White-tailed deer shape acoustic properties of their forest habitat

February 13, 2019, Public Library of Science
Credit: CC0 Public Domain

White-tailed deer feeding habits shape the acoustic properties of their forest habitat, potentially affecting the vocal communication of understory-dwelling songbirds and other species, according to a study published February 13, 2019 in the open-access journal PLOS ONE by Timothy J. Boycott from Vassar College and colleagues.

White-tailed deer (Odocoileus virginianus) populations are on the rise throughout North America. Their feeding habits (browsing) directly shape their —primarily by reducing the abundance and diversity of understory shrubs and trees. Heavily-forested areas tend to reverberate and scatter more easily than open space, and thus the sound transmission is a crucial component of communication for species including songbirds.

To determine the effect of deer browsing on sound transmission, the researchers played recorded sounds representing songbird tones and trills, as well as , in paired plots that were either fenced off to exclude deer or left open to deer as normal. To compare acoustic differences between the plots, the authors examined the fidelity, amplitude, and attenuation of the sounds across the plots.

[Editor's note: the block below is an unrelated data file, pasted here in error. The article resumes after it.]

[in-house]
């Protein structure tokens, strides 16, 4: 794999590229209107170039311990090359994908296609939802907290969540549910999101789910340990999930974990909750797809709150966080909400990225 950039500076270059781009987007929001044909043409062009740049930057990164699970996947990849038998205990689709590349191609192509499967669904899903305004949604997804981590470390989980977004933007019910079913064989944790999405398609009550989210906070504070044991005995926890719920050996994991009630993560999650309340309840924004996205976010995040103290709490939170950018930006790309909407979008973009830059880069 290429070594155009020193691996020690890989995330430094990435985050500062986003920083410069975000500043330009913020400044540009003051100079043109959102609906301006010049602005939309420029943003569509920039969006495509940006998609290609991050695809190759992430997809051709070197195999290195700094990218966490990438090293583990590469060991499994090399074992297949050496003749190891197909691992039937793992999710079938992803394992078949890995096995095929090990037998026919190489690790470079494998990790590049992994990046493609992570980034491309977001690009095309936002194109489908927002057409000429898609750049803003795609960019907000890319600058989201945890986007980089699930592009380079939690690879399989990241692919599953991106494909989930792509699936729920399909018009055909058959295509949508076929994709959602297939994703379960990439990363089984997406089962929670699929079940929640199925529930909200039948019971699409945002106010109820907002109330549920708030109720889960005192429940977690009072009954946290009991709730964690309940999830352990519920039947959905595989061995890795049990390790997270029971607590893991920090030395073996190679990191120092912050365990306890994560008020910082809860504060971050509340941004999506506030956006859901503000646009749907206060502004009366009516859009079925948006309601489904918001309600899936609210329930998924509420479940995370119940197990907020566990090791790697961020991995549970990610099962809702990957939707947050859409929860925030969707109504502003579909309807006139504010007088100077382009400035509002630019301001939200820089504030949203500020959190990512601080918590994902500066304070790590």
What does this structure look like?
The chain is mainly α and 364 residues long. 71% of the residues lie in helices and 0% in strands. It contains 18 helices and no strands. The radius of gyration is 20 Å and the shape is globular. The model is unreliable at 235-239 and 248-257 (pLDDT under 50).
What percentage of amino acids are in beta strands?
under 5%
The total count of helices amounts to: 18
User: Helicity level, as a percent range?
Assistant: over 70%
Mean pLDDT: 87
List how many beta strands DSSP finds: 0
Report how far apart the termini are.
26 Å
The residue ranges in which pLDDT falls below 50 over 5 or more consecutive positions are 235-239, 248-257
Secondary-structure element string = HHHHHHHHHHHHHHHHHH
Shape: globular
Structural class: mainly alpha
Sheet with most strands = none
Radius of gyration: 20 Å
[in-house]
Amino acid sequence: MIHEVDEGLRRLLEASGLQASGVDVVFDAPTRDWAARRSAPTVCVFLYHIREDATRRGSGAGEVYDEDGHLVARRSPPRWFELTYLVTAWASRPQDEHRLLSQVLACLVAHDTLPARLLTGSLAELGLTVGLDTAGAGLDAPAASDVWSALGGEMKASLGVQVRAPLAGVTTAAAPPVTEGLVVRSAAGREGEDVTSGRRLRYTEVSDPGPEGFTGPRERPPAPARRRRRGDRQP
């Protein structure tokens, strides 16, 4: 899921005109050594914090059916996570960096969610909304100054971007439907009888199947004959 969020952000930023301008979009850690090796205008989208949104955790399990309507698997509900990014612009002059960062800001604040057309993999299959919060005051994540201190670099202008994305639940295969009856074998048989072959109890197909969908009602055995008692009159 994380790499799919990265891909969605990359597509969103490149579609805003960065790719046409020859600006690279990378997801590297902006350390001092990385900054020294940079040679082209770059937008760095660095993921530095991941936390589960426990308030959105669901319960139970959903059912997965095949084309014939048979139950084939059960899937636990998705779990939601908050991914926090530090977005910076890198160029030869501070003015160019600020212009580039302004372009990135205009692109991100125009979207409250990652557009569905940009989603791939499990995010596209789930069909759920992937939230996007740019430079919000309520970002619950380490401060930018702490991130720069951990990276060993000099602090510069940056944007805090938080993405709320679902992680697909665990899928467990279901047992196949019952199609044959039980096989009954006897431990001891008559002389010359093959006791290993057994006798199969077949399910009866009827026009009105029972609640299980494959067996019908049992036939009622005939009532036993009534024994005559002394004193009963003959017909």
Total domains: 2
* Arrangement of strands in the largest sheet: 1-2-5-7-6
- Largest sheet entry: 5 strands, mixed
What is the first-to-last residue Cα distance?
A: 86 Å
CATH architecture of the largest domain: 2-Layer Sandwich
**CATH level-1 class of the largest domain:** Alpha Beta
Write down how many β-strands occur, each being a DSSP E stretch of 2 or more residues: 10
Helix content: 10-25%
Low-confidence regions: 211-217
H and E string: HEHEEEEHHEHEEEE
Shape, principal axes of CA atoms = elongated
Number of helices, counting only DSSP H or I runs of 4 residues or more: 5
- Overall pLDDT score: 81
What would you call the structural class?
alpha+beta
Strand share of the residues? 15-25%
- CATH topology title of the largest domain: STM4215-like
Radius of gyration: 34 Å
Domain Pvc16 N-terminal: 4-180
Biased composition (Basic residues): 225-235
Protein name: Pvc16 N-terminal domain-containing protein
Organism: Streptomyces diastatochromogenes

The deer-browsed plots had significantly greater sound fidelity than the deer-excluded plots, though there was no in amplitude, which the authors attributed to the reduced density of understory vegetation in the deer-browsed plots. The finding suggests that songbird vocalizations might be more effective and transmit information more clearly, to both intended receivers and unintended receivers such as predators, in deer-browsed environments.

This study examined sound transmission over distances of 11m or less so future studies examining songbird vocalizations across longer distances and with different levels of deer browsing may be needed. Nonetheless, these results suggest that white-tailed deer browsing in forests could have acoustic as well as ecological effects.

Gall adds: "While we know quite a lot about the effects of deer browsing on vegetation and we know quite a lot about the effects of vegetation on sound propagation, the two had never been linked. Here we're looking beyond traditional deer browsing ecology and asking how might be influencing the communication space for animals."

Explore further: Deer prefer native plants leaving lasting damage on forests

More information: Boycott TJ, Gao J, Gall MD (2019) Deer browsing alters sound propagation in temperate deciduous forests. PLoS ONE 14(2): e0211569. doi.org/10.1371/journal.pone.0211569

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